SP: What inspired the name of your upcoming event? 

Laut: CU Lockdown Trivia was founded with the deep belief in the power of community to bring joy and hope, thus my tagline for that work: “Spark Joy. Build Community.” And after the smashing good time we had at the Party for Reproductive Justice! at the Rose Bowl last April, I really wanted to find a way to replicate that feeling of coming together in joyful community despite these being difficult, infuriating, scary, and giant issues. Then, I found Rebecca Solnit’s quote: “Joy doesn’t betray but sustains activism. And when you face a politics that aspires to make you fearful, alienated, and isolated, joy is a fine initial act of insurrection.” It felt like the perfect fit for the anniversary of Dobbs. I could have organized a rally or a march; there will be plenty of lectures and such reflecting seriously on the last year in the wake of that devastating Supreme Court decision. But it felt to me crucial to find a way to gather together with joy to create and witness art, laugh, look one another in the eye, and find some sustenance for the fight ahead. Thus: Acts of Joyful Insurrection! I’m hoping it’s successful and we can replicate this every year.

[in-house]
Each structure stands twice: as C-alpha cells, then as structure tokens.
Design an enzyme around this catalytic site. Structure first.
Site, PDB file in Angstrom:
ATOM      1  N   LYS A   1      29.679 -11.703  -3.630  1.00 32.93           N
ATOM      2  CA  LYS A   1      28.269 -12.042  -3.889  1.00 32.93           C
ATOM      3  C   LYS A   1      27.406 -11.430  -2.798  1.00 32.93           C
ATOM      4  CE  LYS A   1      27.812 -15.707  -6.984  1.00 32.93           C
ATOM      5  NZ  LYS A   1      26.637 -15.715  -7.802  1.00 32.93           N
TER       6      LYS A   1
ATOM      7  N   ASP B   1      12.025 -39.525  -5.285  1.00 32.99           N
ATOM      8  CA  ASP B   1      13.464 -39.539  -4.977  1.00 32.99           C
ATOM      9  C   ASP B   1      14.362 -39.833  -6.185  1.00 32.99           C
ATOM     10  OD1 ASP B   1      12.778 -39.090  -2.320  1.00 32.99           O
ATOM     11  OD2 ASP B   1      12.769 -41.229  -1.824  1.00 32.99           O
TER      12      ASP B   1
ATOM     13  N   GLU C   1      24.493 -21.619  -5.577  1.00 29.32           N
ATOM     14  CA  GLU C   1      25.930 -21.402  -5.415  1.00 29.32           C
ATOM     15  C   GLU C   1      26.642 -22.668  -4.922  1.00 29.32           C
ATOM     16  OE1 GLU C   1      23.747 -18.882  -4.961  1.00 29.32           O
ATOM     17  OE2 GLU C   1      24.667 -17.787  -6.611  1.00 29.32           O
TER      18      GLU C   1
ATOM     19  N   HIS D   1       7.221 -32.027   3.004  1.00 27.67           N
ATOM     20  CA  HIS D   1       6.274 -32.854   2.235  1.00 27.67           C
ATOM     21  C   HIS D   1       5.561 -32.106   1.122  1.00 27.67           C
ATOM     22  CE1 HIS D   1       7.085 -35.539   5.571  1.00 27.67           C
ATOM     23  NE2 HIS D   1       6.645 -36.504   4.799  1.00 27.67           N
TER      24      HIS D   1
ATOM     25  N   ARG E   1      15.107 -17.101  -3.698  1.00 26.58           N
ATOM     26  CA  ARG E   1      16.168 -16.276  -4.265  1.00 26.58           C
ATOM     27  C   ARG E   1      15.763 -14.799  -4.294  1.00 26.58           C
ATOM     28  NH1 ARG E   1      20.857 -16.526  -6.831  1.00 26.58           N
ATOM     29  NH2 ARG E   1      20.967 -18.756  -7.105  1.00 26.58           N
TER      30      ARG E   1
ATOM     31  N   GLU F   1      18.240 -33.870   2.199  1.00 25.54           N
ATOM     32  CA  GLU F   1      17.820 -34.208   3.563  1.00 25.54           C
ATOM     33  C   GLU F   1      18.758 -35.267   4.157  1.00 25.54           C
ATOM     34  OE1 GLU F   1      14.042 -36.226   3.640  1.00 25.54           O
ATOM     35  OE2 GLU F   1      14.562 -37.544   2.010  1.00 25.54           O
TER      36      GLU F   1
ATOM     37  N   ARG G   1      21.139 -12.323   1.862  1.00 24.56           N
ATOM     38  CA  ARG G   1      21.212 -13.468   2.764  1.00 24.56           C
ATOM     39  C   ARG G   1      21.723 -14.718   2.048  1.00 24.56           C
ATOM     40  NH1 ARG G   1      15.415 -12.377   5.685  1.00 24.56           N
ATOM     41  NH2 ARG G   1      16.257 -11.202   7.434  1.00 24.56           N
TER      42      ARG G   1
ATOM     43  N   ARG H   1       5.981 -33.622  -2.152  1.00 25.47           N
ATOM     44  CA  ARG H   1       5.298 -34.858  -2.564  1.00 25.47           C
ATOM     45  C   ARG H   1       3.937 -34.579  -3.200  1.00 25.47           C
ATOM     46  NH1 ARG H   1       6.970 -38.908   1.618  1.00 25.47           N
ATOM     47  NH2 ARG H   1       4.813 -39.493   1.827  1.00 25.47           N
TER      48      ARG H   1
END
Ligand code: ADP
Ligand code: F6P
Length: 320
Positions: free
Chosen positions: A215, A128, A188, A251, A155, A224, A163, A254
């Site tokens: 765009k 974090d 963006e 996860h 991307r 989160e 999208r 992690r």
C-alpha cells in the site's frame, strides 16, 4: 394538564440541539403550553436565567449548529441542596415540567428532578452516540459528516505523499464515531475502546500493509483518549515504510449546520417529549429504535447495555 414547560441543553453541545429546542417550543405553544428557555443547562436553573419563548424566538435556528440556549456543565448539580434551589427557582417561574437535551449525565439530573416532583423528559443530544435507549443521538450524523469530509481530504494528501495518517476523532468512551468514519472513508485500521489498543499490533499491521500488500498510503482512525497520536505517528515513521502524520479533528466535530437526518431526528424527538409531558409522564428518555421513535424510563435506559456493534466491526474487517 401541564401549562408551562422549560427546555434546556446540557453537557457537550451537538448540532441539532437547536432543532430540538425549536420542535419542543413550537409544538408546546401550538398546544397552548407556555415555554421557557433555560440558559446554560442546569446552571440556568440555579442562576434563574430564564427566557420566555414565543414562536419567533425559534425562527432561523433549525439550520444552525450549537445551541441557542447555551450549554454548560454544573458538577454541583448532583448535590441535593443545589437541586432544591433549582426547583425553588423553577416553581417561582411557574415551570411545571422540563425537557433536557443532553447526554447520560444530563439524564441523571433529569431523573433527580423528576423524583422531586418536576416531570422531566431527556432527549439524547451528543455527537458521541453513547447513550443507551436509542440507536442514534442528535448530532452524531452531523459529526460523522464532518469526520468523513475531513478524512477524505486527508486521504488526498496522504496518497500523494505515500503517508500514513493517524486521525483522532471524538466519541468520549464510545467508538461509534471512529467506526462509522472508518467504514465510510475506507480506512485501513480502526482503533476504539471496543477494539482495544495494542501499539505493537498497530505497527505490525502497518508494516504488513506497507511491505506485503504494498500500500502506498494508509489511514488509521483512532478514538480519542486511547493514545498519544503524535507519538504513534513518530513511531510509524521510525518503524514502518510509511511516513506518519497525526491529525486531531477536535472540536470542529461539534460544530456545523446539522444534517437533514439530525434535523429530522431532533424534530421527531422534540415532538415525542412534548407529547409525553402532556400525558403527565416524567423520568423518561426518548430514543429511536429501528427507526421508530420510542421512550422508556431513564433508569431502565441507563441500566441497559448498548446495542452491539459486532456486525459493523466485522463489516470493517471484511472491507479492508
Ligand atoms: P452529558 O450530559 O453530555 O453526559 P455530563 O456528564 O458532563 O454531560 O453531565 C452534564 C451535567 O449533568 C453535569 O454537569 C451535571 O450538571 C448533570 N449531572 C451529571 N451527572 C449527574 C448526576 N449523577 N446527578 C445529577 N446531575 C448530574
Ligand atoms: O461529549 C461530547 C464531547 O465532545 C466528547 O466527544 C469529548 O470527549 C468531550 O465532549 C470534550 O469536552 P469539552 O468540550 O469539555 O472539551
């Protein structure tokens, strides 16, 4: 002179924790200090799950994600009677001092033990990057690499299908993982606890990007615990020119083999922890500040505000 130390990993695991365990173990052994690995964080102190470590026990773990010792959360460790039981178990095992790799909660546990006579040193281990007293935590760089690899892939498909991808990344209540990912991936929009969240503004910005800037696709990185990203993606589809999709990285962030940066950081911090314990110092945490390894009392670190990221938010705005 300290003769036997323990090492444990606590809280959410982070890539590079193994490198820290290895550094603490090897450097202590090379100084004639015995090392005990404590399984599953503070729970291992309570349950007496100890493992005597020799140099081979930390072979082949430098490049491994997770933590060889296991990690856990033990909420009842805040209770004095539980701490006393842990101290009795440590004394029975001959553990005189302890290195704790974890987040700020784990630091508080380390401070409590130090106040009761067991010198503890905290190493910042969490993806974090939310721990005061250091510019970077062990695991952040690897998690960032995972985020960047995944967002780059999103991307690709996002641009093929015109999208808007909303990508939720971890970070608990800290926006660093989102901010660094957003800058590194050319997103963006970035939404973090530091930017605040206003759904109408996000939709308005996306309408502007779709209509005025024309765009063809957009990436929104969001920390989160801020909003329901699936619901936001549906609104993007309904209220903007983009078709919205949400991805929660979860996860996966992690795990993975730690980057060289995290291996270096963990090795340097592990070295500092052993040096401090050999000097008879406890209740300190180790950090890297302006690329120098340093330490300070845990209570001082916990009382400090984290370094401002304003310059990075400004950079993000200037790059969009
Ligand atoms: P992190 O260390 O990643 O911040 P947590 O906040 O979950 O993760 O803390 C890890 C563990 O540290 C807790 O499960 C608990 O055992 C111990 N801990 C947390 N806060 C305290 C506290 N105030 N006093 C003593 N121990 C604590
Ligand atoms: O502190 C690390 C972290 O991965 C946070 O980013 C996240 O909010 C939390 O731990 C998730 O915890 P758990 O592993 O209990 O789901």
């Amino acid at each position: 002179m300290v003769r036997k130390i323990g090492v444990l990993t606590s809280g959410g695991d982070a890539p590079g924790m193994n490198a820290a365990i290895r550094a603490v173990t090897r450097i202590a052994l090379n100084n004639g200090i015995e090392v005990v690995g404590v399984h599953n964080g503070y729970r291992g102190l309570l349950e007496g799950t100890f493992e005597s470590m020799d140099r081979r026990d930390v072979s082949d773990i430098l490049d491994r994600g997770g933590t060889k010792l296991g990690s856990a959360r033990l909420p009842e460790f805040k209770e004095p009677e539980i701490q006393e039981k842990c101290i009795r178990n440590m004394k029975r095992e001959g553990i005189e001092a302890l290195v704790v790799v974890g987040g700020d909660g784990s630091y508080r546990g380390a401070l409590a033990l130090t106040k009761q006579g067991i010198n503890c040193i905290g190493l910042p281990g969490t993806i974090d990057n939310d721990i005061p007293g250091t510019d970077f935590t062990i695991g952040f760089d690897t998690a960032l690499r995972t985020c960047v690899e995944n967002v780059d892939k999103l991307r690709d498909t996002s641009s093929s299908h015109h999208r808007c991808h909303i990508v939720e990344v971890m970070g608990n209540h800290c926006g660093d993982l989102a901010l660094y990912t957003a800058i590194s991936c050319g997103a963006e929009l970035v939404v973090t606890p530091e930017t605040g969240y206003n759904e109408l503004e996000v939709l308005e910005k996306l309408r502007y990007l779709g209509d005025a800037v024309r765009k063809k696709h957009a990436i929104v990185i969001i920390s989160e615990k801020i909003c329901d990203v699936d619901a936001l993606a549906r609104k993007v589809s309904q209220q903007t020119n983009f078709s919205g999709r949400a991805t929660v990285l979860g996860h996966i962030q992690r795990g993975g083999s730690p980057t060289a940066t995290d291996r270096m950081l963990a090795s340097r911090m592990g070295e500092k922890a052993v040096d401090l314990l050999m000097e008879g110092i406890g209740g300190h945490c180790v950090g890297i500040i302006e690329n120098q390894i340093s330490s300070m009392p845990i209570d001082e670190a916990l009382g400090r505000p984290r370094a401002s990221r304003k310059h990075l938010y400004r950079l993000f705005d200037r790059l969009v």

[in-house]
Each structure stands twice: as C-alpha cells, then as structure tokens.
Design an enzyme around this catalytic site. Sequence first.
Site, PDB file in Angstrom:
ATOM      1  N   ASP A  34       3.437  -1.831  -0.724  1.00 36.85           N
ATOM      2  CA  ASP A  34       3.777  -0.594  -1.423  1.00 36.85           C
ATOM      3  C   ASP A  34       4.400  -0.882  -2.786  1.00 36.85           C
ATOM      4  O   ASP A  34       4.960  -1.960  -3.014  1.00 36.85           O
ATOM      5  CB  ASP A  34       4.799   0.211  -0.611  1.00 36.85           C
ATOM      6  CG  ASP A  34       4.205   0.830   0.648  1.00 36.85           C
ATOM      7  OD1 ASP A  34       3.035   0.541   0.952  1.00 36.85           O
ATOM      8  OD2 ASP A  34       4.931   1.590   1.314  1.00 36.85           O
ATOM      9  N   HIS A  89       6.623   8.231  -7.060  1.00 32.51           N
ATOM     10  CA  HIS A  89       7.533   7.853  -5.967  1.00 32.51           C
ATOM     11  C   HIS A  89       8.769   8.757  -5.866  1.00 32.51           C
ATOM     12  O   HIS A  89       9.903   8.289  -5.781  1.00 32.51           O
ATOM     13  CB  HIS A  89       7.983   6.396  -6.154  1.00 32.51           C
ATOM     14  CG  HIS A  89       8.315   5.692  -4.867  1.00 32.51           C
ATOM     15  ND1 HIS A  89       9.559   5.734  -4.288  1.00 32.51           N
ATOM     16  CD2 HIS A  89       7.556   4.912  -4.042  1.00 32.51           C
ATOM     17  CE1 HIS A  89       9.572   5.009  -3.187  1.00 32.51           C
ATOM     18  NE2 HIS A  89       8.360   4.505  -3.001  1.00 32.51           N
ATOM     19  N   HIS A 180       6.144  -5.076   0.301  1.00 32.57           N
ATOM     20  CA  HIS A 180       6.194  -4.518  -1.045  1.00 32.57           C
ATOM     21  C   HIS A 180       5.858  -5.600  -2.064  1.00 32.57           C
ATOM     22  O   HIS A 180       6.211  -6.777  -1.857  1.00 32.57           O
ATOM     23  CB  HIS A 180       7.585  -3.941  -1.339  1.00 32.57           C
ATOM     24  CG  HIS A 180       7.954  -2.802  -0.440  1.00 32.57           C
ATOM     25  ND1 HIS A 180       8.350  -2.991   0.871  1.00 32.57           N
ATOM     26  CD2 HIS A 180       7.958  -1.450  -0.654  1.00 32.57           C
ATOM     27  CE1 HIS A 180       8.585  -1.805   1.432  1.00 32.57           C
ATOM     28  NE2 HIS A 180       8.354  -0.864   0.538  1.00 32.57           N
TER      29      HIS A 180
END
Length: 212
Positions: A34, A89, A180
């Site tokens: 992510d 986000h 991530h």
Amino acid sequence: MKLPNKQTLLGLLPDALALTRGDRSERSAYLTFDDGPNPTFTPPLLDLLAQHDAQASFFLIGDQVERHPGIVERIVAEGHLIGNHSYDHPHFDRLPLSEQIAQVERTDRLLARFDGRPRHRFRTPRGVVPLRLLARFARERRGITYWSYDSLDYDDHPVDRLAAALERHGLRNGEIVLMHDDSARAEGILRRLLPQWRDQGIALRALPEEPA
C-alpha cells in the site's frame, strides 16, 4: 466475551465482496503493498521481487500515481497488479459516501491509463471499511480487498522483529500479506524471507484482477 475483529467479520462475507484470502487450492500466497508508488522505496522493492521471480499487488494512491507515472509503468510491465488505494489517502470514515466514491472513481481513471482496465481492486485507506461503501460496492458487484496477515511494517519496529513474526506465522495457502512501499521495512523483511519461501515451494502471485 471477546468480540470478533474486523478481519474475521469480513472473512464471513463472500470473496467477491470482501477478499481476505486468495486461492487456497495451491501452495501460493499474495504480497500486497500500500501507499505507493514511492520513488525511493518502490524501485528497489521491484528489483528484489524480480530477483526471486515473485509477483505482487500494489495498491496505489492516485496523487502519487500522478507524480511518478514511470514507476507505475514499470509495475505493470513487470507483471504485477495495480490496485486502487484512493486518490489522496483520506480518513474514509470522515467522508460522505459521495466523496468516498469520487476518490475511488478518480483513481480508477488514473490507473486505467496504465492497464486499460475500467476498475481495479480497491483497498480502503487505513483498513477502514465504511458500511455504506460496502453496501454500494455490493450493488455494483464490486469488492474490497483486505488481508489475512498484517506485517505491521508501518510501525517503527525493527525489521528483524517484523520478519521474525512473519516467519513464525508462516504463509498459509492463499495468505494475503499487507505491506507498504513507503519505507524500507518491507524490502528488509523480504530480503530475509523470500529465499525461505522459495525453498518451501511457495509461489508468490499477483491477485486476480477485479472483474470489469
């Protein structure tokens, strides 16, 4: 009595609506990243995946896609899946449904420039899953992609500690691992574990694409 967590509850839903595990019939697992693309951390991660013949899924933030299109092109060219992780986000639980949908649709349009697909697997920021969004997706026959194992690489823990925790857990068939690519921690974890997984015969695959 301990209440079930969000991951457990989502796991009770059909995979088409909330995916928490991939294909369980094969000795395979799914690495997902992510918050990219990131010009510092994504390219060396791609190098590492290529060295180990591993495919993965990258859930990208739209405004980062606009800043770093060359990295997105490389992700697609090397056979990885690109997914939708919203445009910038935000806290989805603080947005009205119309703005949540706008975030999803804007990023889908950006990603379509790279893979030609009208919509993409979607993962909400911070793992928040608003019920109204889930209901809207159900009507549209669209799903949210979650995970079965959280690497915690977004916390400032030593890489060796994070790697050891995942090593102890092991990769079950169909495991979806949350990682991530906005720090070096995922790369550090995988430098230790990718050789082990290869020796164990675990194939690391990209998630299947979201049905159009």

A group gathers in a bookstore sitting on couches and chairs seated in a semi-circle
Julie Laut

SP: Can you tell me a little more about the event and what to expect? 

Laut: The event provides community members a variety of opportunities to come together to make art, share ideas, laugh, and dance. I’m grateful to the IMC for co-sponsoring the event. We’ll be able to use both the main room and the Sunroom for various, overlapping events. In the main room there will be an amateur poetry workshop followed by zine making with the Zine Library. In the Sunroom, there will be an opportunity to vision about reproductive justice in Urbana-Champaign and two volunteer opportunities with Planned Parenthood of Illinois and Elevated Access. I’m extremely excited about finishing the day off with some amazing live music from Paul Kotheimer, Mike Ingram, and Emily the Band, and two comedy sets from Farah Ismi and Jessica Stelzer. My hope is that there is a little something for everyone to get involved!

A white woman in a black t-shirt, zip up sweatshirt, and black sunglasses, stands in front of a brick wall with a planned parenthood sign.
Julie Laut

SP: How do you define reproductive justice and what does it mean to you?